***Great Ban Matei was the father of three eminently pro-Russian brothers who were very active during the Russian occupation of 1769-1774: Great Ban Mihai Cantacuzino followed the Russians when they left; in Russia he finished his History of Wallachia ( Istoría tis Vlachías ) and wrote his Cantacuzenes' Genealogy ( Ghenealoghia Cantacuzinilor ); his wife Elena was the daughter of High Treasurer Ianache Văcărescu and her dowry included Văcărescu's Orchard in Bucharest, where Cantacuzino had a small monastery built, namely the Daughter-House of the Bishopric of Râmnic, demolished in 1876 ( the Romanian Athenaeum was built in its place ). Another son, Radu ( or 'Rodion' in Russian ) was colonel of a regiment of Wallachian volunteers in Russia in the 1768 - 1774 War and was married to Ecaterina, daughter of Ioan Mavrocordat, Lord of Moldavia; some of his Russian descendants married Orlovs and Naryshkins and his grandson Rodion, owner of the Kantakuzenska estate, was the son-in-law of Count Mikhail Speransky, the 'father of Russian liberalism', and his descendants were themselves not only princes Kantakuzen, but also counts Speransky; among them, Prince Mikhail, Rodion's grandson, married Julia Dent Grant, the eldest of General Ulysses Grant's grandchildren ( and the only one born at the White House, in 1876 ). Another son, Great Ban Parvu, founded Măgureanu's Church in Bucharest ( demolished in 1895 ) and died fighting the Turks in the battle of Comana in 1769, during the Russo-Turkish War, as head of a corps of Wallachian volunteers ). A fourth brother, Constantin, married Safta, of the Moldavian Deleanu branch of the family. His descendants, living in Moldavia, were called the Măgureanu-Deleanu branch. Among these descendants:
******- Maria Cantacuzino, whose second husband was the French Impressionist painter Pierre Puvis de Chavannes ( see );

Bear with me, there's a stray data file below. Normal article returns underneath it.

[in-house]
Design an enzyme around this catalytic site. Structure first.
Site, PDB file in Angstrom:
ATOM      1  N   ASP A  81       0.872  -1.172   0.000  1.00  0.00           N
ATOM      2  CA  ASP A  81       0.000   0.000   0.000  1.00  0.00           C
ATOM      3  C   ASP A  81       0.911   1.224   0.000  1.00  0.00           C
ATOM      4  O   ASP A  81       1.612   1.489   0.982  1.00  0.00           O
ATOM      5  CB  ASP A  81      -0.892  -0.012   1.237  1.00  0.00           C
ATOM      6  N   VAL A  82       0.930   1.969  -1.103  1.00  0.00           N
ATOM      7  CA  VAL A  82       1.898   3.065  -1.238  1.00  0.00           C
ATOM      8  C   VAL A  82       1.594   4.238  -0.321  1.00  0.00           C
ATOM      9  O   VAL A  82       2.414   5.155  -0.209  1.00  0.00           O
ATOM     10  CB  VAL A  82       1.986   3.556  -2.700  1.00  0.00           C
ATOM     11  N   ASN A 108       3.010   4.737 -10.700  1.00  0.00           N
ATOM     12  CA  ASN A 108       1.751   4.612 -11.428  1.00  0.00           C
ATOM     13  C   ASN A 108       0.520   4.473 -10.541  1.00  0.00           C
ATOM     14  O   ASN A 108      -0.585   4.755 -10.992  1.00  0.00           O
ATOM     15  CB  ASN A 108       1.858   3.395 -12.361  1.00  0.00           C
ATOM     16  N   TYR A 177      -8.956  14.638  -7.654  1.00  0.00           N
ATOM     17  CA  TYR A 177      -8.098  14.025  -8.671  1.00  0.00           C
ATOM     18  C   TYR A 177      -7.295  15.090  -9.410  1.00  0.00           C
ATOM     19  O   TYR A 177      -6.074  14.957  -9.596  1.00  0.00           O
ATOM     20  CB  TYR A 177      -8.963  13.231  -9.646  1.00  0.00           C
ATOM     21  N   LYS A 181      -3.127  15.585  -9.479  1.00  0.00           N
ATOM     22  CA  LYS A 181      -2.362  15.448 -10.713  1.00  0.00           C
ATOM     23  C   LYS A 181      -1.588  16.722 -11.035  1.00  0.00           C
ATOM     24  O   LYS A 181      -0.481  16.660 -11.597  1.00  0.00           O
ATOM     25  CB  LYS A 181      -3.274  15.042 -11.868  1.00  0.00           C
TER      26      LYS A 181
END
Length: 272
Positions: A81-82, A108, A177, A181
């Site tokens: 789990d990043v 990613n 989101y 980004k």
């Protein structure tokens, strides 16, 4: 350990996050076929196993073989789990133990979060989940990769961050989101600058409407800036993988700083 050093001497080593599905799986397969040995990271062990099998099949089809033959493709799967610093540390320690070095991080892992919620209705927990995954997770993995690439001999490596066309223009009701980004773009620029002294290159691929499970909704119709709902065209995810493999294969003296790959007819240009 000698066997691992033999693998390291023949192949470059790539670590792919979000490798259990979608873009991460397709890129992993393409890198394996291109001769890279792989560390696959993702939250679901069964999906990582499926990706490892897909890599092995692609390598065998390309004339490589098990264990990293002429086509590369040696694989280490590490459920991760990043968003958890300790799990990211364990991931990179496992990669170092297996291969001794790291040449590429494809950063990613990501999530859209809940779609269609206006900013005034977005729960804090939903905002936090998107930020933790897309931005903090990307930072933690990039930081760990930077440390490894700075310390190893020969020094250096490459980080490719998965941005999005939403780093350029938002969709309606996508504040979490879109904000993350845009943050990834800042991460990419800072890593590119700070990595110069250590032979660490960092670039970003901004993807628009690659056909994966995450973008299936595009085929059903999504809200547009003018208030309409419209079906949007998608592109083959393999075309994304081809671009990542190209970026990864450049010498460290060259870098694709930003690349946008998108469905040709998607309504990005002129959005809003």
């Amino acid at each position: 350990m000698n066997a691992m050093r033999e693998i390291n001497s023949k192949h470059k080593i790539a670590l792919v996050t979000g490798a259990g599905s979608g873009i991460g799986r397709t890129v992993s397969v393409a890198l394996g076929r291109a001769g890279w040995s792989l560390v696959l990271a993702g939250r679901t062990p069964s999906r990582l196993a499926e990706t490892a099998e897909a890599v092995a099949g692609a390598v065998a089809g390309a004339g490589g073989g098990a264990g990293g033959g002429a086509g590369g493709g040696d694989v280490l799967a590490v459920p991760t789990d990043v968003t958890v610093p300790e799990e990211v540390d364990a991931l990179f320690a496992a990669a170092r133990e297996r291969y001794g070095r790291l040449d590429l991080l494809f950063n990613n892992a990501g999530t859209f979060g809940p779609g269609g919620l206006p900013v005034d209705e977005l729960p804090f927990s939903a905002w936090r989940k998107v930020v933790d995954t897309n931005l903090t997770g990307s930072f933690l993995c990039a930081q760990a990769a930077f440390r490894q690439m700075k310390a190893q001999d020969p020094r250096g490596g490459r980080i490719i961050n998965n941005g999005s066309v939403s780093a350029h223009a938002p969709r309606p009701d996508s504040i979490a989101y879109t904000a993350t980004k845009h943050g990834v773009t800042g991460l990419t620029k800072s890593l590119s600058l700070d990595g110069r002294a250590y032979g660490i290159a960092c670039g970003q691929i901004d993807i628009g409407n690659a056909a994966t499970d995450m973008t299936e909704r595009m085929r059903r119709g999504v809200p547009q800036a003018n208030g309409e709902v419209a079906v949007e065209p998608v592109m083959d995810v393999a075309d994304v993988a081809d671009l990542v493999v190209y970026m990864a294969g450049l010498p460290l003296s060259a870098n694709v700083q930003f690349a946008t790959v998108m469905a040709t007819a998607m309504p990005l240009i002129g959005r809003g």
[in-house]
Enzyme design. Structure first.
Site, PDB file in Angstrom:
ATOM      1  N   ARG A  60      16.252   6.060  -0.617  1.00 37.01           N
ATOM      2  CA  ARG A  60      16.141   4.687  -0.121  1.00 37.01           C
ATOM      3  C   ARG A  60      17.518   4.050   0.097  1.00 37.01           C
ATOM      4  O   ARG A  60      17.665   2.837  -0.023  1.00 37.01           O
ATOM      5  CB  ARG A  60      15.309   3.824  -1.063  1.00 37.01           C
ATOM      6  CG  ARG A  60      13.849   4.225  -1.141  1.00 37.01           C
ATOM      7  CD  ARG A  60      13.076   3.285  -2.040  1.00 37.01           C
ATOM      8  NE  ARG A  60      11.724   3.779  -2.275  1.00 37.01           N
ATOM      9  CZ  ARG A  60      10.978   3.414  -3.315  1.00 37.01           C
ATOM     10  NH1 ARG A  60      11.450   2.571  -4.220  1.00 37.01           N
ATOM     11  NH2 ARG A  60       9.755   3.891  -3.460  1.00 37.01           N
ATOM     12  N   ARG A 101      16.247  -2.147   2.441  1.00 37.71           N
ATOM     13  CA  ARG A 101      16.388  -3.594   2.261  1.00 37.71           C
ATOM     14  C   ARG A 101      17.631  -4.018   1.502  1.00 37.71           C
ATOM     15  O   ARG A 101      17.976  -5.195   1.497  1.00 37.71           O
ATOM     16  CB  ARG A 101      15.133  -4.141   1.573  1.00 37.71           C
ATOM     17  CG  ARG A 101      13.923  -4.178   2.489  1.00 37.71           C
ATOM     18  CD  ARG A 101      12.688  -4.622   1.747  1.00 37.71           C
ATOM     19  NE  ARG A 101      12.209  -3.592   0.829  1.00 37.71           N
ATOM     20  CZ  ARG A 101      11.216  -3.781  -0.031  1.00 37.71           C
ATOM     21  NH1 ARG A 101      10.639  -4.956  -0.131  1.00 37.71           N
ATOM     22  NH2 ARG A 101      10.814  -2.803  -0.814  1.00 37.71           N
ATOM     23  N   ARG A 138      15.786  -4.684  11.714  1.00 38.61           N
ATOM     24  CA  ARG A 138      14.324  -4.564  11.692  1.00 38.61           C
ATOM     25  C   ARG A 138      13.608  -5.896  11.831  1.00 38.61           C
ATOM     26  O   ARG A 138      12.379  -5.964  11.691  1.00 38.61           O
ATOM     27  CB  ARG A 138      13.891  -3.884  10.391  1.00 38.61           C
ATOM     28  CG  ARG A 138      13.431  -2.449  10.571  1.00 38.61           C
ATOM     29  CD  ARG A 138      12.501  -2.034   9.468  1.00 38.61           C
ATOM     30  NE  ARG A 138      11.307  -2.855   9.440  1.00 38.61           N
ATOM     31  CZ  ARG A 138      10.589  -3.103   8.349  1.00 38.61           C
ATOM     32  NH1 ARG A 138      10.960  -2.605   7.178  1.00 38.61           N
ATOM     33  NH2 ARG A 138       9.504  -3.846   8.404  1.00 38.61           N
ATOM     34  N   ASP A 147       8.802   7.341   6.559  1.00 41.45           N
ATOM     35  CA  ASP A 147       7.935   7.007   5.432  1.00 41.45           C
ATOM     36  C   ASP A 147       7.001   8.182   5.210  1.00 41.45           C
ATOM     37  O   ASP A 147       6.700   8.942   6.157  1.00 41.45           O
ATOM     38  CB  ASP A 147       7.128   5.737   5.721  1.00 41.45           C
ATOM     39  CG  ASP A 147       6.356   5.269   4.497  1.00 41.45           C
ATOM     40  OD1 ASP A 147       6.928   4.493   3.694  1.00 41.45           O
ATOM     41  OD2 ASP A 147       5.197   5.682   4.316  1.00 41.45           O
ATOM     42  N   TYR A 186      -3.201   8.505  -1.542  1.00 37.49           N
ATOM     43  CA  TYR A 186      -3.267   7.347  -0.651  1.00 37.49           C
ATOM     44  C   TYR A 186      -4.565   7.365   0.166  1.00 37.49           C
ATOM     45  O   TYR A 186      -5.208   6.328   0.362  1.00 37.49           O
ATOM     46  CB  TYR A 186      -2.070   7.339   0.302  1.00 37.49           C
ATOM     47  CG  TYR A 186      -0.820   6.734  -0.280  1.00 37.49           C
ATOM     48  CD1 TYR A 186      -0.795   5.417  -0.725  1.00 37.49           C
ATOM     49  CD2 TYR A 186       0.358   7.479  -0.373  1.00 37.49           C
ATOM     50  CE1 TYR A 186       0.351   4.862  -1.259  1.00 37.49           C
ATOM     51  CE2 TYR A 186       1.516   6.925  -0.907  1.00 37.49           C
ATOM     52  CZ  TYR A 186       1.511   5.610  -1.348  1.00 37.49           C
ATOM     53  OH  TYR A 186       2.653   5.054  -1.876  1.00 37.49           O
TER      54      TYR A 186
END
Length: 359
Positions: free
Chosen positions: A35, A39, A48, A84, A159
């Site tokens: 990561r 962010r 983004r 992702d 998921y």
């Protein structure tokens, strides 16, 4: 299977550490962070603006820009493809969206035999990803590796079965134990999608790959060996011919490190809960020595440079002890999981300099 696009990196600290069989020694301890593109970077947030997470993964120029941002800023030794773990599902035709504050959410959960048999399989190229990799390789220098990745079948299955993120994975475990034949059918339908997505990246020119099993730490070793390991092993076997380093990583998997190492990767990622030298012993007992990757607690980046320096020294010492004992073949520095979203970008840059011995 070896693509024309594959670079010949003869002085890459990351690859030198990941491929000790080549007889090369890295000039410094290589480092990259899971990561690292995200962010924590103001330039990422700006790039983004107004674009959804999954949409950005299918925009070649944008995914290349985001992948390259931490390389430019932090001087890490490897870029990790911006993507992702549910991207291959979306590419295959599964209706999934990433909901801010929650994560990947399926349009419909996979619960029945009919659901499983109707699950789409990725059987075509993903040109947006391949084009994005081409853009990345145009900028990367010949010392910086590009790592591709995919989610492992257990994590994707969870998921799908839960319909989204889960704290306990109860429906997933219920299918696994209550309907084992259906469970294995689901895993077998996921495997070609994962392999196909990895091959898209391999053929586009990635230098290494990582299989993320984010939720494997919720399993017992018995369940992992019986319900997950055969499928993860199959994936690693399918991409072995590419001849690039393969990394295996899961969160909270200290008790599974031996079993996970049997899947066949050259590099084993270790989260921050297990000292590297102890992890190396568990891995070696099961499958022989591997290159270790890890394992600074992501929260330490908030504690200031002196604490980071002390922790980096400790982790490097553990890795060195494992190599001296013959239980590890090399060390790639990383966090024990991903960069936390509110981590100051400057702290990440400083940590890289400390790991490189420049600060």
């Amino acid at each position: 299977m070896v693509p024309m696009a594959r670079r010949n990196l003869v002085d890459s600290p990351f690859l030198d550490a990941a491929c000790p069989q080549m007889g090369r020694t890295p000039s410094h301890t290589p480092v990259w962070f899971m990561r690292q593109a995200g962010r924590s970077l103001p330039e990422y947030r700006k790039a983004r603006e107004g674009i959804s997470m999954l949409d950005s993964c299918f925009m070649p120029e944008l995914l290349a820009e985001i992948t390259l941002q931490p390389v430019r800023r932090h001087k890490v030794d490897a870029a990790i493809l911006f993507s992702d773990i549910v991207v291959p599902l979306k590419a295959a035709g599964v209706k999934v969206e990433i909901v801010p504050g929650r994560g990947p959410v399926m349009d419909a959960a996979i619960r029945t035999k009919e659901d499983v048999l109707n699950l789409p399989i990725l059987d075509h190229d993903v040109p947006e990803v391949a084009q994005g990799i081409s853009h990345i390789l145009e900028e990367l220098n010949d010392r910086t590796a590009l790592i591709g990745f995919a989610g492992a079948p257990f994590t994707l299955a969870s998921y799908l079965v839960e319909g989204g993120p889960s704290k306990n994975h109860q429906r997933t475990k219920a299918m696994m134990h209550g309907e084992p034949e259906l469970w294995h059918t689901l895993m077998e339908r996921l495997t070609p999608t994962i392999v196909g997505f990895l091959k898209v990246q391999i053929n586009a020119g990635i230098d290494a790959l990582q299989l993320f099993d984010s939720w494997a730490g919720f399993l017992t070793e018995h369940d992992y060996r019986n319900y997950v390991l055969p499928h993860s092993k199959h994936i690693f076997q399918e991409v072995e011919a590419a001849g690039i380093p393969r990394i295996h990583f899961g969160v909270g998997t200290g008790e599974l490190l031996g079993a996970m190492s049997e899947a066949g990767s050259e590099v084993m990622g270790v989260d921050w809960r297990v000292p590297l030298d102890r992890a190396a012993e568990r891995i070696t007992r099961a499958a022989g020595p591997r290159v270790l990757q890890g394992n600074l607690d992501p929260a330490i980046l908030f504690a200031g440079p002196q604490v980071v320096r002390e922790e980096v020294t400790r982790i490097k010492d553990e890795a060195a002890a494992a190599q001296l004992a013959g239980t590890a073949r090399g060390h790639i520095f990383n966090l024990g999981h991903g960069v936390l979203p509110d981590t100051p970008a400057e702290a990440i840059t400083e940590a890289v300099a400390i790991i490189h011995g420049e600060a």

******- Ioan Cantacuzino, her brother, briefly Interior Minister of Moldavia ( 1861-1862 ), married to Ecaterina Cantacuzino-Pascanu;
******- Vasile Cantacuzino, her other brother, revolutionary in 1848;
******- Matei B. Cantacuzino ( 1854-1925 ), his son ( 'B' coming from a Latinised version of Vasile ), jurist, Rector of the University of Jassy, Minister of Religious Faiths and Public Education ( 1918 ), Justice Minister ( 1920 ); his daughters Ioana and Elisabeta Cantacuzino married politician Grigore Filipescu and aviator Radu Beller respectively. See Grigore Filipescu's and his wife's grave and Elisabeta Beller's, both in Bucharest's Bellu Cemetery. The two sisters' niece, Lucia Cantacuzino, married dr. Matei Bals;
******- Elena, the latter's sister, married the painter Eugen Ghika-Budesti and was the mother of the architect Nicolae Ghika-Budesti;
******- Ioan, their brother, see his grave in Bucharest's Bellu Cemetery;
******- Nicolae B. Cantacuzino, their other brother, diplomat, ambassador to Switzerland ( 1911-1912 ) and Austria ( 1920-1922 ); he married Princess Marcela Bibescu, daughter of Prince George Bibescu and of Countess Valentine of Caraman-Chimay;
******- Emanuel N.B. Cantacuzino, their son, married Stefania Bellu, granddaughter of Alexandru S. Bellu;
******- George Matei N.B. Cantacuzino ( or simply G.M. Cantacuzino 1899-1960 ), Nicolae's other son, architect; he coordinated the vital refurbishing works at the Mogosoaia Palace, owned by his uncle and aunt, Prince George-Valentin and Princess Martha Bibescu; he designed Hotel Rex in Mamaia, Hotel Bellona in Eforie and in Bucharest Elisabeta Palace, the building of the Industrial Credit Company, Chrissoveloni Bank, Carlton Building; he married Princess Alexandra ( Sanda ) Stirbey; her sister Marina and her husband were arrested at the end of the '40's together with G.M. after attempting to leave the country illegally. Unlike his relatives, G.M. didn't leave the country after being released; see picture
******- Mr. Serban Cantacuzino, their son, also architect, involved in conservation projects; he is linked with both Romania and the UK ( I think he left the country before WWII ); see picture
******- Marina and Ilinca, his daughters, live in London ( I believe the former is a journalist and the latter an artist ).